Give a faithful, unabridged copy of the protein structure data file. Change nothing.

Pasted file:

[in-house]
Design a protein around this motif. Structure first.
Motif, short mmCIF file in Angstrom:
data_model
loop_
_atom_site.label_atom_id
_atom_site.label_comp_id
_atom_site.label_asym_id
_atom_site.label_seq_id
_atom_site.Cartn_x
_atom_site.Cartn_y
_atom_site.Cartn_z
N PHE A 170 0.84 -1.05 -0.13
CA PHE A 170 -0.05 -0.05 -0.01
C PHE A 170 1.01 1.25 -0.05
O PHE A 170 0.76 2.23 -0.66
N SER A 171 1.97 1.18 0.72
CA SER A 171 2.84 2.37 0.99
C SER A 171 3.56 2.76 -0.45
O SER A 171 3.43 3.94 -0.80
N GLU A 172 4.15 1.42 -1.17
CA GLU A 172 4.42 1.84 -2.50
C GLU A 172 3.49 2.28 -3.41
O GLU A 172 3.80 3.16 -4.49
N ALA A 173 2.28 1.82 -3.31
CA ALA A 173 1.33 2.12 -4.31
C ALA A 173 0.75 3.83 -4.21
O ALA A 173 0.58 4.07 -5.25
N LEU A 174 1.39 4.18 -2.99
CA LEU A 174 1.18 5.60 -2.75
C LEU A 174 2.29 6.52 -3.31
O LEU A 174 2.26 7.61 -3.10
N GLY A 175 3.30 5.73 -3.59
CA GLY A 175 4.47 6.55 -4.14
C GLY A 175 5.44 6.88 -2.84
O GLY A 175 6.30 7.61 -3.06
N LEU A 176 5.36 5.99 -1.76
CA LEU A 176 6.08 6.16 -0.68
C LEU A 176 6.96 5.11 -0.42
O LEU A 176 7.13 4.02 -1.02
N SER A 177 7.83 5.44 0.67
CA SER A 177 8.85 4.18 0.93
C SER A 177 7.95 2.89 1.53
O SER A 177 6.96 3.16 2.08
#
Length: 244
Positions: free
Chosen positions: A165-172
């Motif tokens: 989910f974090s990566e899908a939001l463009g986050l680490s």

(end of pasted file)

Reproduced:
[in-house]
Design a protein around this motif. Structure first.
Motif, short mmCIF file in Angstrom:
data_model
loop_
_atom_site.label_atom_id
_atom_site.label_comp_id
_atom_site.label_asym_id
_atom_site.label_seq_id
_atom_site.Cartn_x
_atom_site.Cartn_y
_atom_site.Cartn_z
N PHE A 170 0.84 -1.05 -0.13
CA PHE A 170 -0.05 -0.05 -0.01
C PHE A 170 1.01 1.25 -0.05
O PHE A 170 0.76 2.23 -0.66
N SER A 171 1.97 1.18 0.72
CA SER A 171 2.84 2.37 0.99
C SER A 171 3.56 2.76 -0.45
O SER A 171 3.43 3.94 -0.80
N GLU A 172 4.15 1.42 -1.17
CA GLU A 172 4.42 1.84 -2.50
C GLU A 172 3.49 2.28 -3.41
O GLU A 172 3.80 3.16 -4.49
N ALA A 173 2.28 1.82 -3.31
CA ALA A 173 1.33 2.12 -4.31
C ALA A 173 0.75 3.83 -4.21
O ALA A 173 0.58 4.07 -5.25
N LEU A 174 1.39 4.18 -2.99
CA LEU A 174 1.18 5.60 -2.75
C LEU A 174 2.29 6.52 -3.31
O LEU A 174 2.26 7.61 -3.10
N GLY A 175 3.30 5.73 -3.59
CA GLY A 175 4.47 6.55 -4.14
C GLY A 175 5.44 6.88 -2.84
O GLY A 175 6.30 7.61 -3.06
N LEU A 176 5.36 5.99 -1.76
CA LEU A 176 6.08 6.16 -0.68
C LEU A 176 6.96 5.11 -0.42
O LEU A 176 7.13 4.02 -1.02
N SER A 177 7.83 5.44 0.67
CA SER A 177 8.85 4.18 0.93
C SER A 177 7.95 2.89 1.53
O SER A 177 6.96 3.16 2.08
#
Length: 244
Positions: free
Chosen positions: A165-172
């Motif tokens: 989910f974090s990566e899908a939001l463009g986050l680490s």